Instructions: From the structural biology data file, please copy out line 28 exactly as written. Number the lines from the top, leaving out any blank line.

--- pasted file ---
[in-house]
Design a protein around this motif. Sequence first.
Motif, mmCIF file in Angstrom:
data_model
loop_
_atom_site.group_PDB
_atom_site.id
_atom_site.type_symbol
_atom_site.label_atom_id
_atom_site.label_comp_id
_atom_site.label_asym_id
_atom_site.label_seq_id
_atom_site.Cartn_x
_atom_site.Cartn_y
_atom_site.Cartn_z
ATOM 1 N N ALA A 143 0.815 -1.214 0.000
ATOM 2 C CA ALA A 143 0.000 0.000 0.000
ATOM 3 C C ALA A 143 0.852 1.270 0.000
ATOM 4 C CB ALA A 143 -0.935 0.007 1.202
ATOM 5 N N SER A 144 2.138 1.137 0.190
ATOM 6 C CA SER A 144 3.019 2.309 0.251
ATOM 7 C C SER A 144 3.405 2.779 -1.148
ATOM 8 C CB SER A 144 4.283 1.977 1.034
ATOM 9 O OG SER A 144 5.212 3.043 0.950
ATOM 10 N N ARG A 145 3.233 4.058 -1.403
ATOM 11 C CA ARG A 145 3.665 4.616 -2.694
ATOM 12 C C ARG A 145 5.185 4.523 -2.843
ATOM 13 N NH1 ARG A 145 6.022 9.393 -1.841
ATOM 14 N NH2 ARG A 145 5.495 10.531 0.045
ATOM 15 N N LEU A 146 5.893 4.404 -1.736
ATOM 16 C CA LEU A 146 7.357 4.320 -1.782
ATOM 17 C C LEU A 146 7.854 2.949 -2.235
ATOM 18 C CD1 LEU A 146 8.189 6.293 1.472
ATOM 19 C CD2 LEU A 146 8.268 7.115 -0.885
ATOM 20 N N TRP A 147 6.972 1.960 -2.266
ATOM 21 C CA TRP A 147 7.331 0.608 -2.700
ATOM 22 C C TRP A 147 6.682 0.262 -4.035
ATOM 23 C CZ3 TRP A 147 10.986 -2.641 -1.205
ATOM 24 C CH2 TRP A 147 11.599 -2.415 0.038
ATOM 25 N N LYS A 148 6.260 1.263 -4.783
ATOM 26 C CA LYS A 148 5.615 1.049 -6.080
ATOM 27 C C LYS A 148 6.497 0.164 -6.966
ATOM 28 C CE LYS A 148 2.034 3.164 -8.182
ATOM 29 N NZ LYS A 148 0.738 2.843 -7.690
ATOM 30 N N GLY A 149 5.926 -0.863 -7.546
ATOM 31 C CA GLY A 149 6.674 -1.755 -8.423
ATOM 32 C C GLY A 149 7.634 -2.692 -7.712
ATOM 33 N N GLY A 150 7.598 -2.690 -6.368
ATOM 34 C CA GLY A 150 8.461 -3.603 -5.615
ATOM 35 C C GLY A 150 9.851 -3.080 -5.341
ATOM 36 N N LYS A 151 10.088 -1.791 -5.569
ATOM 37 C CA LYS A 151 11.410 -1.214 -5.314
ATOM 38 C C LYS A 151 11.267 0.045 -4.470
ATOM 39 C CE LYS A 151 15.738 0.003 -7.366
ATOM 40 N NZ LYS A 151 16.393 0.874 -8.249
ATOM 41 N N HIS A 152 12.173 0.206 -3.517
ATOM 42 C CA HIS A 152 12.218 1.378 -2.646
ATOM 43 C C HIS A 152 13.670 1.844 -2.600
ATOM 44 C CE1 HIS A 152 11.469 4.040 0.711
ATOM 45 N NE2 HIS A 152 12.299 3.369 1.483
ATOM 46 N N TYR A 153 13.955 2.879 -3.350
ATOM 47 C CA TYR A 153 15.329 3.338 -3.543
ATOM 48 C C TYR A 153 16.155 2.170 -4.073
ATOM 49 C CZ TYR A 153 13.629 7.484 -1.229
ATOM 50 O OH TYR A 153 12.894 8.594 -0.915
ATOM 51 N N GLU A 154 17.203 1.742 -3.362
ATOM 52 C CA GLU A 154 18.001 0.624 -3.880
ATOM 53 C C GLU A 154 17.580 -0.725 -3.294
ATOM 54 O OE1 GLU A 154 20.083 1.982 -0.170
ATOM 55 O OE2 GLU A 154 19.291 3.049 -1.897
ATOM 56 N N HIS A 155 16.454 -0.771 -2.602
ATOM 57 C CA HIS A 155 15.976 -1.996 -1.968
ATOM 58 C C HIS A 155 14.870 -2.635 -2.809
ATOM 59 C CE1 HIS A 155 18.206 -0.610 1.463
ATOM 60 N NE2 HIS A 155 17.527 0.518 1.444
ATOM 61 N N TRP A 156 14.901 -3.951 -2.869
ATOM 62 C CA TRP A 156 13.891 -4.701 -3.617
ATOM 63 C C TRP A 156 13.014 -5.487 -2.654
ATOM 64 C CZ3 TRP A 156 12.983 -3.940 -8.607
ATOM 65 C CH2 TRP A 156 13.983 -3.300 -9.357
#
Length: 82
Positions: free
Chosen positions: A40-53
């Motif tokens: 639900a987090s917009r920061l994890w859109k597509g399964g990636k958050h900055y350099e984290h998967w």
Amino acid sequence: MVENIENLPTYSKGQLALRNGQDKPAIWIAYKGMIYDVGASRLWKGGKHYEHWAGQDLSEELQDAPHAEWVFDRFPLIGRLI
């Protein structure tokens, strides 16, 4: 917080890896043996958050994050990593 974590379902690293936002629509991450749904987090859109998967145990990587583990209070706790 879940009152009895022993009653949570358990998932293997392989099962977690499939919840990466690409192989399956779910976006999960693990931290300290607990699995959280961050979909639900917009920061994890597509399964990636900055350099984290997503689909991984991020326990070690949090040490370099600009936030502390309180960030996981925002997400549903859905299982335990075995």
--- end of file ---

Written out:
ATOM 13 N NH1 ARG A 145 6.022 9.393 -1.841